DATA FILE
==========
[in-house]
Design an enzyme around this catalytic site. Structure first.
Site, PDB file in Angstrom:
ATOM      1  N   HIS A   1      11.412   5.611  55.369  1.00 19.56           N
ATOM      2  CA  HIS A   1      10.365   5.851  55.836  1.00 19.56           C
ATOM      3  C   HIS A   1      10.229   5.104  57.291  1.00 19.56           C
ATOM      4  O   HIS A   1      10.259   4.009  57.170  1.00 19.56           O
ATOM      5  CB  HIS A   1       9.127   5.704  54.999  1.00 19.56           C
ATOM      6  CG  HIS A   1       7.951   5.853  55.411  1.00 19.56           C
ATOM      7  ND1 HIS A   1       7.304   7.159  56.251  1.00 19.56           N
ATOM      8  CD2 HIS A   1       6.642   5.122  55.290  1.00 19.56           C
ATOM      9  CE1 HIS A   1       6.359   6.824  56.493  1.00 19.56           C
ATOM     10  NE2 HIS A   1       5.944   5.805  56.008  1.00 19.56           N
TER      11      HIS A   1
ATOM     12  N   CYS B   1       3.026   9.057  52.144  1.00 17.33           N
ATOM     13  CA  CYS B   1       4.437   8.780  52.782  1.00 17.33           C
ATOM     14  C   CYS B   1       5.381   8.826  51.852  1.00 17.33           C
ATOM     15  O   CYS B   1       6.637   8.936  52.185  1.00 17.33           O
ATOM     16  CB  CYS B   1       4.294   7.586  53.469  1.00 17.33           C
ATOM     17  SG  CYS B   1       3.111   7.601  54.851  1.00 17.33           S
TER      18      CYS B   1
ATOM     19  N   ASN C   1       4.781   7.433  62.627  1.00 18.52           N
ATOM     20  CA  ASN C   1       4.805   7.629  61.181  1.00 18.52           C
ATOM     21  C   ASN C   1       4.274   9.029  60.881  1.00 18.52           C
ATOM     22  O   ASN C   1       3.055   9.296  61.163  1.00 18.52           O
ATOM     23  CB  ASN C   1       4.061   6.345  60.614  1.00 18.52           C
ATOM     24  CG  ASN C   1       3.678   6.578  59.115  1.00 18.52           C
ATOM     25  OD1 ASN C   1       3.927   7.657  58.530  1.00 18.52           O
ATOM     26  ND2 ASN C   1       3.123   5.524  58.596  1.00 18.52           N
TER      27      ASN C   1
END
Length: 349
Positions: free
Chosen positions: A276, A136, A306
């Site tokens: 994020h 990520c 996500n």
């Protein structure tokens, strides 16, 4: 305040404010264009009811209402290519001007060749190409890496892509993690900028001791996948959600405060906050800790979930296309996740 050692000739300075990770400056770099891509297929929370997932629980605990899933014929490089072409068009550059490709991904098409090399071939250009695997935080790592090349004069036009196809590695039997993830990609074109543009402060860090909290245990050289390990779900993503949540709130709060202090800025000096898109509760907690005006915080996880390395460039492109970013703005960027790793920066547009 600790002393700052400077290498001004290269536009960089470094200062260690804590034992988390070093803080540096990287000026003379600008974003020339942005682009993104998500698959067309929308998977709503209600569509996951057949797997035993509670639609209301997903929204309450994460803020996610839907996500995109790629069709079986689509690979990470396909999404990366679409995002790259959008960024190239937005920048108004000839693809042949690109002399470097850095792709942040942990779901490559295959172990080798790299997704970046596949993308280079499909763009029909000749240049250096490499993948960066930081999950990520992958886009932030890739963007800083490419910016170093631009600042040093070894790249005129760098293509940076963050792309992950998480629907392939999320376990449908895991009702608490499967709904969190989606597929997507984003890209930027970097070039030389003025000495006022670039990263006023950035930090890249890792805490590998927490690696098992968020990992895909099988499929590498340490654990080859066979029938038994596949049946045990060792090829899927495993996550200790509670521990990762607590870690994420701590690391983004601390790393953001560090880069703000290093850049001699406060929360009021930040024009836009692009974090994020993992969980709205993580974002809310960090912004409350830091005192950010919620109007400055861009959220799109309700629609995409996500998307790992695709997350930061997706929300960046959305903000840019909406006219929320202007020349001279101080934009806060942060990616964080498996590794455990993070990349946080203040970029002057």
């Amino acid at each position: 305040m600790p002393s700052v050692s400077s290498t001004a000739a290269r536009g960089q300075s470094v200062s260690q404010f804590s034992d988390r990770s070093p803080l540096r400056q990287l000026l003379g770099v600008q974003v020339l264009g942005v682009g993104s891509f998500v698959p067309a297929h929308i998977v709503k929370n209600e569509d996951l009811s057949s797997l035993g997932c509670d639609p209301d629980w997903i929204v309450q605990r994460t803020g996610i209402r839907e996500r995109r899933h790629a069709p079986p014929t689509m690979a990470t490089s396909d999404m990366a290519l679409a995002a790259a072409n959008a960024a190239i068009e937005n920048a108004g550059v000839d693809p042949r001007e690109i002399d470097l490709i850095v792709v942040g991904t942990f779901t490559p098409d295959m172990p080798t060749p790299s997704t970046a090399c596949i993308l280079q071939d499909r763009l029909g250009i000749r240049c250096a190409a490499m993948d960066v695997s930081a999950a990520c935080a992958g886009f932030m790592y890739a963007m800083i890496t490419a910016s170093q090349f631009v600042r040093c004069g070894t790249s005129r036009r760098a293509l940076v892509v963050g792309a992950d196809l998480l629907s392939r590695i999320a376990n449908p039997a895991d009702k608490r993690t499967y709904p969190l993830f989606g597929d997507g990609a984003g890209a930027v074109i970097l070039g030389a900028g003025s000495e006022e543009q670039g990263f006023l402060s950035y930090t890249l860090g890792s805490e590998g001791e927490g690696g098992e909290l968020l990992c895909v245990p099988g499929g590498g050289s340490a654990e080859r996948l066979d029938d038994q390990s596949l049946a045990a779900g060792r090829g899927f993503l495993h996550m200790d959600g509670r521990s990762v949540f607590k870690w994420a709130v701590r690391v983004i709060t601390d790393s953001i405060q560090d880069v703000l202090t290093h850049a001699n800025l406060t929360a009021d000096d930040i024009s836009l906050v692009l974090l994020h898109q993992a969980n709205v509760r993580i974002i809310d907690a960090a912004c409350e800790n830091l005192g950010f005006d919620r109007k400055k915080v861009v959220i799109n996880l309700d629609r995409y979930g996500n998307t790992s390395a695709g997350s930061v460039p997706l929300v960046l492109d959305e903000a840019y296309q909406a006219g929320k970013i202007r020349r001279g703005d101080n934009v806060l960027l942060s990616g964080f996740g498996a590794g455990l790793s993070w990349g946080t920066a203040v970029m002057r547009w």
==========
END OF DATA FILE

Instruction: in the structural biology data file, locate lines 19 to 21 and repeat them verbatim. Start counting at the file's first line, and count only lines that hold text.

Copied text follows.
ATOM     16  CB  CYS B   1       4.294   7.586  53.469  1.00 17.33           C
ATOM     17  SG  CYS B   1       3.111   7.601  54.851  1.00 17.33           S
TER      18      CYS B   1